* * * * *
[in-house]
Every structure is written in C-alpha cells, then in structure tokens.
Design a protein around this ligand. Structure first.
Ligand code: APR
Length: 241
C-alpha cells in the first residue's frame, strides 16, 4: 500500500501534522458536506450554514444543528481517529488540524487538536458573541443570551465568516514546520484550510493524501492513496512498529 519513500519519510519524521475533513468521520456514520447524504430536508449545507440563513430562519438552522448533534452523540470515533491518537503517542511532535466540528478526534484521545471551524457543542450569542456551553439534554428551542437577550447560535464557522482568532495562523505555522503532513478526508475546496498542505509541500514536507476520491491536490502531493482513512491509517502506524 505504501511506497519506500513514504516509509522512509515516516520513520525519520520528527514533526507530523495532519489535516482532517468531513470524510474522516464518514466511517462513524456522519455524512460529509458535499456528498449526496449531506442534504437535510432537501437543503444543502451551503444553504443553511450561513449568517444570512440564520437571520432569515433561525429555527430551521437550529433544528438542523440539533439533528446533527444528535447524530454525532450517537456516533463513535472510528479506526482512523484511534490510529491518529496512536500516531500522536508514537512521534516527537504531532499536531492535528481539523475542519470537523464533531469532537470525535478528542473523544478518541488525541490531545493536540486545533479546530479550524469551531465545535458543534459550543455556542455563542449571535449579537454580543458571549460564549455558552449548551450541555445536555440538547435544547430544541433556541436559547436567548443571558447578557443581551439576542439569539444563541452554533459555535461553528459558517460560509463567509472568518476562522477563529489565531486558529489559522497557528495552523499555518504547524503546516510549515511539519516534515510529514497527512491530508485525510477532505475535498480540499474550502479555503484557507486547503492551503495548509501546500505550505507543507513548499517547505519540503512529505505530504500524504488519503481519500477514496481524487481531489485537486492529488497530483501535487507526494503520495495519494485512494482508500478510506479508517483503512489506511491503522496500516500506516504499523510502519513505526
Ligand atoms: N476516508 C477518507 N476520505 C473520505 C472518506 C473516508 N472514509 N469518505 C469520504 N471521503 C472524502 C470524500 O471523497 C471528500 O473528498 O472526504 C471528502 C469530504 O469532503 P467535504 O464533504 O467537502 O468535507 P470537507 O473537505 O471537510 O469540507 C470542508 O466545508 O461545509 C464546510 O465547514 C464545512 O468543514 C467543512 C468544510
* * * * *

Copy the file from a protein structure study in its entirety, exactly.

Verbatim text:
[in-house]
Every structure is written in C-alpha cells, then in structure tokens.
Design a protein around this ligand. Structure first.
Ligand code: APR
Length: 241
C-alpha cells in the first residue's frame, strides 16, 4: 500500500501534522458536506450554514444543528481517529488540524487538536458573541443570551465568516514546520484550510493524501492513496512498529 519513500519519510519524521475533513468521520456514520447524504430536508449545507440563513430562519438552522448533534452523540470515533491518537503517542511532535466540528478526534484521545471551524457543542450569542456551553439534554428551542437577550447560535464557522482568532495562523505555522503532513478526508475546496498542505509541500514536507476520491491536490502531493482513512491509517502506524 505504501511506497519506500513514504516509509522512509515516516520513520525519520520528527514533526507530523495532519489535516482532517468531513470524510474522516464518514466511517462513524456522519455524512460529509458535499456528498449526496449531506442534504437535510432537501437543503444543502451551503444553504443553511450561513449568517444570512440564520437571520432569515433561525429555527430551521437550529433544528438542523440539533439533528446533527444528535447524530454525532450517537456516533463513535472510528479506526482512523484511534490510529491518529496512536500516531500522536508514537512521534516527537504531532499536531492535528481539523475542519470537523464533531469532537470525535478528542473523544478518541488525541490531545493536540486545533479546530479550524469551531465545535458543534459550543455556542455563542449571535449579537454580543458571549460564549455558552449548551450541555445536555440538547435544547430544541433556541436559547436567548443571558447578557443581551439576542439569539444563541452554533459555535461553528459558517460560509463567509472568518476562522477563529489565531486558529489559522497557528495552523499555518504547524503546516510549515511539519516534515510529514497527512491530508485525510477532505475535498480540499474550502479555503484557507486547503492551503495548509501546500505550505507543507513548499517547505519540503512529505505530504500524504488519503481519500477514496481524487481531489485537486492529488497530483501535487507526494503520495495519494485512494482508500478510506479508517483503512489506511491503522496500516500506516504499523510502519513505526
Ligand atoms: N476516508 C477518507 N476520505 C473520505 C472518506 C473516508 N472514509 N469518505 C469520504 N471521503 C472524502 C470524500 O471523497 C471528500 O473528498 O472526504 C471528502 C469530504 O469532503 P467535504 O464533504 O467537502 O468535507 P470537507 O473537505 O471537510 O469540507 C470542508 O466545508 O461545509 C464546510 O465547514 C464545512 O468543514 C467543512 C468544510